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Old 11-05-09, 06:47 PM   #1
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Help! parts for Gunnar Crosshairs

Hey guys, just wanted some expert opinion on a few parts for my new old bike. Not sure yet exactly how I will be using the bike (maybe cross, road, commuting), but I want it to have a good combination of being fast, light, comfortable. I appreciate all your input as I am out of the loop as far as this stuff goes.

WHEELS: Right now it has a road setup with Mavic Cosmos w/700x23c's. Would these Cosmos be ok for cross or ok to put 32c tires? If not, I would just buy another wheelset and put 32c tires. What are some good, not too expensive wheels? Mavic cxp-22?

SEATPOST: Should I do carbon? Thomson Elite? Is Ritchey Comp decent?

SADDLE: Need comfort here. one that minimizes soreness. Selle San Marco? Brooks?

PEDALS: I want the ones that give me the option of clipless or platform.

SHOES: Mountain or Road?

Again, thanks for any input you guys can give me.
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Old 11-05-09, 11:49 PM   #2
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imo, re: pedals: i've found that pedals that have both clipless and platforms (clip in the center, platform cage surrounding it) do their respective jobs poorly---the clipless pedal is heavy and obtrusive, and the platform lacks meaningful street shoe traction. it's been easier for me to just switch pedals when i need to (or, in my case, ride short distance slowly on my clipless pedals using street shoes). switching out pedals takes all of 5 minutes.

shoes: i like the mountain shoes because i can walk about a little better in them when i'm off the bike (they work better for me in my commute, between bike and office).

saddle: everyone has their own preference, and i am definitely a fan of brooks saddles. but in my rainy clime, i do tire of riding with a plastic bag on my saddle. a synthetic saddle would just be wet, and none the worse for the wear.

seatpost: rather than materials, i'd ask along the lines of set-back or no set-back. unless you have an AL frame, in which case, you might go carbon, and then ask yourself: set-back or no-set-back. Moots makes some very lovely Ti seatposts if you have the clams.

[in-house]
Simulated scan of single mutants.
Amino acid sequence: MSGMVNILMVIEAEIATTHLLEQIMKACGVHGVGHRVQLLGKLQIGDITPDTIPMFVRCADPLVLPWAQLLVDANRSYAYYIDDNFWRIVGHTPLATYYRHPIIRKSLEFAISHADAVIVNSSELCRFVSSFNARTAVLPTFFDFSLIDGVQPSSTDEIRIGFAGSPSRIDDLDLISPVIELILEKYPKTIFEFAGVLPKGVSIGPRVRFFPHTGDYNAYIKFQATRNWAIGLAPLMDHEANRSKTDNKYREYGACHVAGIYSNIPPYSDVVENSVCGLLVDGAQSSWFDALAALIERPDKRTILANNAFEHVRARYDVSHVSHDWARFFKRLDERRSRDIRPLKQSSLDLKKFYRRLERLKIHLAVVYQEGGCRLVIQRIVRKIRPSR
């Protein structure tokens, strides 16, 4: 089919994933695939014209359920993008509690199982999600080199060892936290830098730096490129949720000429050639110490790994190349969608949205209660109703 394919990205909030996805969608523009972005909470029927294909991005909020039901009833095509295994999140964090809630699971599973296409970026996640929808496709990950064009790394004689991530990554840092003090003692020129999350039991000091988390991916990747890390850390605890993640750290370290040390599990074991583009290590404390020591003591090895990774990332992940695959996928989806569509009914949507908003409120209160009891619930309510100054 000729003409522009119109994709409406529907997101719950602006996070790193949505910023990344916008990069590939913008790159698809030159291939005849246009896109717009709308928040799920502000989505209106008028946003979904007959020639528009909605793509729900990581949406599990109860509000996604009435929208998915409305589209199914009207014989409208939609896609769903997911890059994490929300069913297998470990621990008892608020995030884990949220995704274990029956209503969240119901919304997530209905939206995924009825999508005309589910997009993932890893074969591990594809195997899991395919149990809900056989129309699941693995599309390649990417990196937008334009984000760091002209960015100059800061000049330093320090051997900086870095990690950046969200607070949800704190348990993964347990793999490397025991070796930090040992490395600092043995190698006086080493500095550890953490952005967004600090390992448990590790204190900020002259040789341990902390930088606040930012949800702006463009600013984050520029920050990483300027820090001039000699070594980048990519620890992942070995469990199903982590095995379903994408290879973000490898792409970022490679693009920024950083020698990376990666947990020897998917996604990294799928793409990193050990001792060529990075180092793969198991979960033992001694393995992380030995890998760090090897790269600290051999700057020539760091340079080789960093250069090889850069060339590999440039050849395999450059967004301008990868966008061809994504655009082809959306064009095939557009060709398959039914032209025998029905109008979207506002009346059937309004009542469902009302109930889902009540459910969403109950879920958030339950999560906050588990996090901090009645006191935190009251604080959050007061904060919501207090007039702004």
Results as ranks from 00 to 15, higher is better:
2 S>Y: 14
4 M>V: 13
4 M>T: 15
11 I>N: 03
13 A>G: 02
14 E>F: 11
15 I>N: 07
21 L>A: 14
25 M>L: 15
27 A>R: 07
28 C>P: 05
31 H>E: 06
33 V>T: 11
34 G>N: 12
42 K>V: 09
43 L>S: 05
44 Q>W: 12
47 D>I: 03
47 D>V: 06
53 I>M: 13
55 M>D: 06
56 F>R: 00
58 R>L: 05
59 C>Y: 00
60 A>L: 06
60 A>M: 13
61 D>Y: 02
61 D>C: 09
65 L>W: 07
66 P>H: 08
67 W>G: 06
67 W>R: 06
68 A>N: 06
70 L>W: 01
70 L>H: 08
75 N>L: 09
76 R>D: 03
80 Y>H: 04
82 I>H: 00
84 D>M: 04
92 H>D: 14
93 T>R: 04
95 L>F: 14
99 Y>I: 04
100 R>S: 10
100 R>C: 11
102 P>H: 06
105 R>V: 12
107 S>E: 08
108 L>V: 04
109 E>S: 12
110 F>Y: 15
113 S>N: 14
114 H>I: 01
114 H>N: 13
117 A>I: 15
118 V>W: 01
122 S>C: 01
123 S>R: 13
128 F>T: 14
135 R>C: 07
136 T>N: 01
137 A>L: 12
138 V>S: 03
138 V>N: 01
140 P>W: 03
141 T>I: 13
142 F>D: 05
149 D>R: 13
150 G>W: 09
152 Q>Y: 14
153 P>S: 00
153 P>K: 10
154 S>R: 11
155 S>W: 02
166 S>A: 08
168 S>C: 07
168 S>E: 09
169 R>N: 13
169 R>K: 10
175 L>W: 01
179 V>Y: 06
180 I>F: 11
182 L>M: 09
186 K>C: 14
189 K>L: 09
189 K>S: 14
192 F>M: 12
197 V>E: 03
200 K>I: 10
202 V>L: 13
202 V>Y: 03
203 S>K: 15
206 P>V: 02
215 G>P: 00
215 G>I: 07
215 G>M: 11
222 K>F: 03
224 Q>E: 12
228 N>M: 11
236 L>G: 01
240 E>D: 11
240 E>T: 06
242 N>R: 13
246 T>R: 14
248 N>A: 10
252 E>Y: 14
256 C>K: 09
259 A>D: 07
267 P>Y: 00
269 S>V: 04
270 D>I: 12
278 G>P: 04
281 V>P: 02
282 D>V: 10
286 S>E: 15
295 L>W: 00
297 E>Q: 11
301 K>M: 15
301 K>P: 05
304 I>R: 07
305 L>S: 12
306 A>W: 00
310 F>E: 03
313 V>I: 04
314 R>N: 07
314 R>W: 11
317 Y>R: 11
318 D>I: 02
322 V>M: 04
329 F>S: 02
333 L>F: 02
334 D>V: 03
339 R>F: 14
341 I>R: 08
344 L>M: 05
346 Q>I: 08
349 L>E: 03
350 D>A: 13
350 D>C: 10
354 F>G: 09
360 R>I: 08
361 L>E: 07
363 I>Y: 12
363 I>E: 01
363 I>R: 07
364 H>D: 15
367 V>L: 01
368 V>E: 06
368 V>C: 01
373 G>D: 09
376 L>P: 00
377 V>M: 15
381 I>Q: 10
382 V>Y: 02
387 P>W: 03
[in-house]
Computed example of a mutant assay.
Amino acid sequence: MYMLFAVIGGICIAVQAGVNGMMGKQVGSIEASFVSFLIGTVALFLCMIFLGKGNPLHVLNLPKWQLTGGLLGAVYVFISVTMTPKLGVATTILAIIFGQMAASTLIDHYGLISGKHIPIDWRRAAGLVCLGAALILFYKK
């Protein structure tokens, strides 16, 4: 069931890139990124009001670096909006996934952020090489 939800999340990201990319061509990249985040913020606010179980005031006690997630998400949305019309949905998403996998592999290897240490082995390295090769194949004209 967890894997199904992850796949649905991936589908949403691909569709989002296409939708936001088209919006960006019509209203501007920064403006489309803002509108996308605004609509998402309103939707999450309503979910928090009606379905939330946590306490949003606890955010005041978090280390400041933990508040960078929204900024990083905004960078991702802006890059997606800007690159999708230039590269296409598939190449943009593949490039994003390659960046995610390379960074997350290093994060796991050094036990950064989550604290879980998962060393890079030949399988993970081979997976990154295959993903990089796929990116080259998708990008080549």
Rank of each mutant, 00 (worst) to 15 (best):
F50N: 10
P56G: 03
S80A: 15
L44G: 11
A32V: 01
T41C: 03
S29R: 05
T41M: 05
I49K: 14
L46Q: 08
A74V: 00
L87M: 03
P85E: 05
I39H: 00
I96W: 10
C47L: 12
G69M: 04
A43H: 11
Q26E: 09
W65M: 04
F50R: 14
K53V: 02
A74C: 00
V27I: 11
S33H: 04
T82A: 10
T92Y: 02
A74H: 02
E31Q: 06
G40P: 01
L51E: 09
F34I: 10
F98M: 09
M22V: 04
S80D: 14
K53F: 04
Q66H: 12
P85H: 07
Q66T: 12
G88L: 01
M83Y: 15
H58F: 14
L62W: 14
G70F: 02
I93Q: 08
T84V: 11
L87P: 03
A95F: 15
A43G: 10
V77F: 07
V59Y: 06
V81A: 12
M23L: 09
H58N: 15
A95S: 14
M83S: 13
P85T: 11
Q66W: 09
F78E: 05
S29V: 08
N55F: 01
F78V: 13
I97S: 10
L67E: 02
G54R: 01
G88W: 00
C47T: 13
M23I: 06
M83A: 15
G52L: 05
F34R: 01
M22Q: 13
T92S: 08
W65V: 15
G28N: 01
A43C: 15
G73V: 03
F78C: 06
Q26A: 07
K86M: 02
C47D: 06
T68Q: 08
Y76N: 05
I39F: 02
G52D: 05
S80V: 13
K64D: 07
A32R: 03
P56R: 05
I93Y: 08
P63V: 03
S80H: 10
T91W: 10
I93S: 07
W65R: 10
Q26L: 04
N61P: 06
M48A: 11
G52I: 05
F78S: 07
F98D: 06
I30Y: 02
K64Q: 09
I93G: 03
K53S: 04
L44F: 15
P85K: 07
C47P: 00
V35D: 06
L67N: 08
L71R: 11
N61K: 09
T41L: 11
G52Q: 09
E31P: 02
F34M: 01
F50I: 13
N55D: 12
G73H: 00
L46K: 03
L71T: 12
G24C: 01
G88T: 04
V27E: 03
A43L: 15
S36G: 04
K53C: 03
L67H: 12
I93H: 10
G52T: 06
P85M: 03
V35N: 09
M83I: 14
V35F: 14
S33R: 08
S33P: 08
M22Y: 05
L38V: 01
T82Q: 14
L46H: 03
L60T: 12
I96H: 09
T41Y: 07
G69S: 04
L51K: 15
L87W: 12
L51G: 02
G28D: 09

happy riding!
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Old 11-06-09, 08:53 AM   #3
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I'm using Thomson on two of my bikes. They're actually very light compared to other alloy seatposts. Using CF will save you a few grams but at what expense?
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Old 11-06-09, 10:23 AM   #4
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RE: Pedals. My wife has some Shimano SPD "campus" pedals on her run-about. One side is SPD, the other is a platform. Work well enough for a run about, but the platform is small-ish (fine for "bar hopping", but too small for long rides). The clip side is normal SPD, though probably doesn't shed mud as well as a real offroad pedal - but then, I doubt that's a design parameter for a campus pedal.

RE: Shoes: Assuming you need a "campus" pedal, you'll want an SPD compatible mtn shoe. They'll work with any off-road clipless system. They'll be more walk-able than a road shoe.
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Old 11-06-09, 10:49 AM   #5
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My two cents

Wheels - You should be able to fit larger tires no problem, I have fit 35's on a thin track wheels with no problem. Have no experience with that particular wheel or it's durability so won't comment on that.

Seatpost - I am a big fan of ritchey stuff have had both comp and pro line with no problems. Have no experience with Thompson stuff.

Shoes & Pedals – dual sided mtb for me that is one of the perks of mtb pedals and stiff mtb shoes, I found some of the cheaper mtb shoes were a little on the flexy side and caused hotspots on longer rides. I will cheap out on the pedals before the shoes. Basic shimano mtb $45 pedal on my bikes and $250+ shoes on my feet. Then get a set of platforms and a pedal wrench switching out pedals takes less than a minute. The combo pedal I had sucked half the time I was on the wrong side. I switch out pedals regularly on my commuter.
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